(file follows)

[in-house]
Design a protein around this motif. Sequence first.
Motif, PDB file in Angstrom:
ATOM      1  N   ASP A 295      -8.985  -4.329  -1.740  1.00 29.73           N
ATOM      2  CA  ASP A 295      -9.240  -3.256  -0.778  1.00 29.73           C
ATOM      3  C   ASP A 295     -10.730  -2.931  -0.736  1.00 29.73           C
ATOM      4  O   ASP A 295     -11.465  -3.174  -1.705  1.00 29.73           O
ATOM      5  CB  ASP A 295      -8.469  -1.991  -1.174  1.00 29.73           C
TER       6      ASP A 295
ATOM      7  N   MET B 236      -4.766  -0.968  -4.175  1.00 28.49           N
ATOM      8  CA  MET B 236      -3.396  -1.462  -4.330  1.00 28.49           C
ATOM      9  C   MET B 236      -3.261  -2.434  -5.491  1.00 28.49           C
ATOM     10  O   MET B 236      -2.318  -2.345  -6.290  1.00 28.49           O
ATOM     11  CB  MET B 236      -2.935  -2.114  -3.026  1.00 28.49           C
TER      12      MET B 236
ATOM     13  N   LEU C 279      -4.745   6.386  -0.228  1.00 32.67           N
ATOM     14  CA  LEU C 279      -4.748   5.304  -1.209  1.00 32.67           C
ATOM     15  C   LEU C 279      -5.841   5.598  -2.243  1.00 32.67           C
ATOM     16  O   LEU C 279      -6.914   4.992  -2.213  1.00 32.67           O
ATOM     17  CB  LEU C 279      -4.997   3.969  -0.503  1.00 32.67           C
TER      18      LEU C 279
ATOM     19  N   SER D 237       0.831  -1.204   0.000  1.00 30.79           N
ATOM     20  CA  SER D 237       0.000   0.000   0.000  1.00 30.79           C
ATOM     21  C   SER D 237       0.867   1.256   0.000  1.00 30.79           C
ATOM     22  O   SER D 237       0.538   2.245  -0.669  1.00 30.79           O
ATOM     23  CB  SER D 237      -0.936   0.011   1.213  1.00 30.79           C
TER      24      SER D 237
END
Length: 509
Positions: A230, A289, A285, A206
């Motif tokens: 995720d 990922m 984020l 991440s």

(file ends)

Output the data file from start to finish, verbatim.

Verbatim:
[in-house]
Design a protein around this motif. Sequence first.
Motif, PDB file in Angstrom:
ATOM      1  N   ASP A 295      -8.985  -4.329  -1.740  1.00 29.73           N
ATOM      2  CA  ASP A 295      -9.240  -3.256  -0.778  1.00 29.73           C
ATOM      3  C   ASP A 295     -10.730  -2.931  -0.736  1.00 29.73           C
ATOM      4  O   ASP A 295     -11.465  -3.174  -1.705  1.00 29.73           O
ATOM      5  CB  ASP A 295      -8.469  -1.991  -1.174  1.00 29.73           C
TER       6      ASP A 295
ATOM      7  N   MET B 236      -4.766  -0.968  -4.175  1.00 28.49           N
ATOM      8  CA  MET B 236      -3.396  -1.462  -4.330  1.00 28.49           C
ATOM      9  C   MET B 236      -3.261  -2.434  -5.491  1.00 28.49           C
ATOM     10  O   MET B 236      -2.318  -2.345  -6.290  1.00 28.49           O
ATOM     11  CB  MET B 236      -2.935  -2.114  -3.026  1.00 28.49           C
TER      12      MET B 236
ATOM     13  N   LEU C 279      -4.745   6.386  -0.228  1.00 32.67           N
ATOM     14  CA  LEU C 279      -4.748   5.304  -1.209  1.00 32.67           C
ATOM     15  C   LEU C 279      -5.841   5.598  -2.243  1.00 32.67           C
ATOM     16  O   LEU C 279      -6.914   4.992  -2.213  1.00 32.67           O
ATOM     17  CB  LEU C 279      -4.997   3.969  -0.503  1.00 32.67           C
TER      18      LEU C 279
ATOM     19  N   SER D 237       0.831  -1.204   0.000  1.00 30.79           N
ATOM     20  CA  SER D 237       0.000   0.000   0.000  1.00 30.79           C
ATOM     21  C   SER D 237       0.867   1.256   0.000  1.00 30.79           C
ATOM     22  O   SER D 237       0.538   2.245  -0.669  1.00 30.79           O
ATOM     23  CB  SER D 237      -0.936   0.011   1.213  1.00 30.79           C
TER      24      SER D 237
END
Length: 509
Positions: A230, A289, A285, A206
């Motif tokens: 995720d 990922m 984020l 991440s």